Gimple said the plan to write out Rick had existed for years, though the path to get there was not always certain: “We followed the story threads that were laid out. We were able to fulfill it this season. There was a plan. There were little turns here and there, but we generally stayed to the plan.”
Kirkman, who created the Walking Dead comics and is well known for his sarcasm and levity, got surprisingly emotional when remembering his first time laying eyes upon Lincoln as Rick, which was during a scene he shot opposite Steven Yeun as Glenn.
“It’s never really gone away,” Kirkman said of the surreality of watching Lincoln bring Rick to life. “Seeing everything Andrew has done as Rick Grimes and what he’s put him through on set… there were days on set where I couldn’t talk to him because he was doing push-ups and punching walls. The amount of work that he put into this role … it always made me feel like I haven’t worked hard enough on the comics.”
As the head of makeup and effects, not to mention one of the show’s most prolific directors, Nicotero weighed in on what it was like to direct Lincoln across the years. Given the opportunity, he praised the actor’s intensity, recalling scenes such as Rick losing Lori (Sarah Wayne Callies), his first emotional battle against Negan (Jeffrey Dean Morgan) and more.
“When he’s in that zone, don’t go near him,” said Nicotero. “If you put your hand near the maw, you’ll get bit. He’s intense. He’s super intense.”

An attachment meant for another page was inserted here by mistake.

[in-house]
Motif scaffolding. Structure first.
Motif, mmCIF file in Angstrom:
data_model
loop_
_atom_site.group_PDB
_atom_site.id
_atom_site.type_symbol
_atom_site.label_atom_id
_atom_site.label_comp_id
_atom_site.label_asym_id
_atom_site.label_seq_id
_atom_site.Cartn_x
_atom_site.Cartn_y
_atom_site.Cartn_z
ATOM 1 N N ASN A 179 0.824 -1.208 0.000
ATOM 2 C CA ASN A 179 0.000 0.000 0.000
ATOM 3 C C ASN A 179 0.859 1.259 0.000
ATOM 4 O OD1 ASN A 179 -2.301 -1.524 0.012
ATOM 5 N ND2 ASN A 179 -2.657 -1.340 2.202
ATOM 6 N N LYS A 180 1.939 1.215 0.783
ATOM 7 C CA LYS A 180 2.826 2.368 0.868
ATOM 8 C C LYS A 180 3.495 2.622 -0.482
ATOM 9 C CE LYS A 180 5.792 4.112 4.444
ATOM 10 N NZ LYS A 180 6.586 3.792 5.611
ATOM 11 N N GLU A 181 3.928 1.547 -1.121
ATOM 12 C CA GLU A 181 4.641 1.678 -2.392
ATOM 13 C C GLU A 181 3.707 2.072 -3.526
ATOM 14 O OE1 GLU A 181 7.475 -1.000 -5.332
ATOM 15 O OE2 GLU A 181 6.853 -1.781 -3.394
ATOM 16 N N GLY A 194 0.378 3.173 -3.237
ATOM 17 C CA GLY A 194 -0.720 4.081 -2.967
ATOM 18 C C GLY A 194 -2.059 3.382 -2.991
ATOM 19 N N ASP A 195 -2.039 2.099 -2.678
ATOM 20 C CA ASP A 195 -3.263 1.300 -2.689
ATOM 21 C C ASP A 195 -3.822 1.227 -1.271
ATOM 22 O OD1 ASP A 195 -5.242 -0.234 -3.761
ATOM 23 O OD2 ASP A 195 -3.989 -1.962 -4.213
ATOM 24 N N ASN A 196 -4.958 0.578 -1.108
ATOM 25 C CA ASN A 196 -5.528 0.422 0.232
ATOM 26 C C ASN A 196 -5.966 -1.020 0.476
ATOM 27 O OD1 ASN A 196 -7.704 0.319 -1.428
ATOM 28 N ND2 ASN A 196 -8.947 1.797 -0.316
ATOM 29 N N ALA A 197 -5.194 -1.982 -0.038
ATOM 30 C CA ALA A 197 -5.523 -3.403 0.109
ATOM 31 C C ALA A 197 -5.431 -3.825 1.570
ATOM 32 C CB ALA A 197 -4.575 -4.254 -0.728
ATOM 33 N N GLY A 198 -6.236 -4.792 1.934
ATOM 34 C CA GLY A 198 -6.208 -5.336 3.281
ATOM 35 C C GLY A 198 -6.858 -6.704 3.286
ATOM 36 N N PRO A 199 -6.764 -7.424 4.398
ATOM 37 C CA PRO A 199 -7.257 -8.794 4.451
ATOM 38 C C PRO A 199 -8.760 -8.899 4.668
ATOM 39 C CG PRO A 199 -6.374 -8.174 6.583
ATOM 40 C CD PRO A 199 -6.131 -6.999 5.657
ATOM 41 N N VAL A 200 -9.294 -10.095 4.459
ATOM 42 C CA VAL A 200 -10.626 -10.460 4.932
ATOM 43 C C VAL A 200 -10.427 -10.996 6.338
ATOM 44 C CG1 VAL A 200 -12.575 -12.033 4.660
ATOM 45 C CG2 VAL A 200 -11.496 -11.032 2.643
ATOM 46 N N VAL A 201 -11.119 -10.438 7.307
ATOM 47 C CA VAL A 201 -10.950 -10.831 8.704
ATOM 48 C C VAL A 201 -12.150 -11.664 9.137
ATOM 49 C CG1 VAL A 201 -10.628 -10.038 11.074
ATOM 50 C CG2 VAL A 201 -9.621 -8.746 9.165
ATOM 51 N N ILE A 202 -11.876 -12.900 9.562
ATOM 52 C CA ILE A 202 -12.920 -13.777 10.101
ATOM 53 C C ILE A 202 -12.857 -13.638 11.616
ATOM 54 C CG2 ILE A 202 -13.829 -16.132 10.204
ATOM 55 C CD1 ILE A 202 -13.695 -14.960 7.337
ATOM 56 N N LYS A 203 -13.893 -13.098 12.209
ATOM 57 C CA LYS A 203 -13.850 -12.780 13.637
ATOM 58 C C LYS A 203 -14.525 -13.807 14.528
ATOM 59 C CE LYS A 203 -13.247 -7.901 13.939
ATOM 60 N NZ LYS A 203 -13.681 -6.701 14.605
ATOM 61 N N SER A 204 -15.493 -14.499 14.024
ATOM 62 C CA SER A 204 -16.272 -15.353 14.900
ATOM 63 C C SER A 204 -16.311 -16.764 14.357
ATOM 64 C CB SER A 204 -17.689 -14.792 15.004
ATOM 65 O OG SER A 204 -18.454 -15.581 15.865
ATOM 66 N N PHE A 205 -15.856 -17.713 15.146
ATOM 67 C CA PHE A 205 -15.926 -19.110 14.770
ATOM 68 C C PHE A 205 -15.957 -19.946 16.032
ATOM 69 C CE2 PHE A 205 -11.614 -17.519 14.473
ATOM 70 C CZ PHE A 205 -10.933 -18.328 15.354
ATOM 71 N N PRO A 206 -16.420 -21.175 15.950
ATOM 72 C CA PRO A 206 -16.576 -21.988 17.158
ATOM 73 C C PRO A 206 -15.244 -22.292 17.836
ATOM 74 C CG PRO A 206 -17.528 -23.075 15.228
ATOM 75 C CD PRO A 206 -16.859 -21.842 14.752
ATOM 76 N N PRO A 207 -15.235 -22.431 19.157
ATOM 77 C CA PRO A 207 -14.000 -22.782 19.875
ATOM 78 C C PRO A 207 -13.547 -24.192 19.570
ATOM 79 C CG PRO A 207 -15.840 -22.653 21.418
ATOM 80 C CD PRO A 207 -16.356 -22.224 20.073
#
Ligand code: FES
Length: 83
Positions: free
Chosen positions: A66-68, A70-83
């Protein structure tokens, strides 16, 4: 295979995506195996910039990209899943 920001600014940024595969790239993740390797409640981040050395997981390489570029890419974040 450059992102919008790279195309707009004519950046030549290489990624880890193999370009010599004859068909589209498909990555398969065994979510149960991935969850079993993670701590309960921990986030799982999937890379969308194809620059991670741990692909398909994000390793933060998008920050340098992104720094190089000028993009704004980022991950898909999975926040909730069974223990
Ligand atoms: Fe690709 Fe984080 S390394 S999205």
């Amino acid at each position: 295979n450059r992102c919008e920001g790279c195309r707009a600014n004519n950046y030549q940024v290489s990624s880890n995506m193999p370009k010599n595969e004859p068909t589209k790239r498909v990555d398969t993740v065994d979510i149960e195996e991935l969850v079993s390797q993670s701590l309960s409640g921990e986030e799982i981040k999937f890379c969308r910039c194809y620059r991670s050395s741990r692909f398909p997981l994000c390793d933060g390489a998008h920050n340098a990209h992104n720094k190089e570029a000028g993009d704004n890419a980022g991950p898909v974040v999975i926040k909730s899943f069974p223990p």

Lincoln said he first realized the gravity of his role as Rick Grimes two weeks into filming the pilot, which was reinforced further when he attended his first Comic-Con. He heard the crowd gathered for the first panel, and their reactions vindicated his nerves: “That was one of the biggest thrills.”
Describing the Georgia-based crew as “superheroes,” Lincoln said the interaction with fans was the biggest motivator over the years. “I’m always nervous,” he said. “This is not my natural habitat. I feel nervous. I feel there’s an expectation. Friends tell me I’ve done the work and I need to chill and enjoy the experience. But you guys make it a lot easier, I have to say. And I will be staying for four hours to hug every single one of you — if that’s okay with my wife, who’s in the audience right now.”
“I’m still in a world of denial,” he continued, speaking more emotionally, adding that he’s finally watched an episode of the series — something he’s never done before. “I’m allergic to my face!”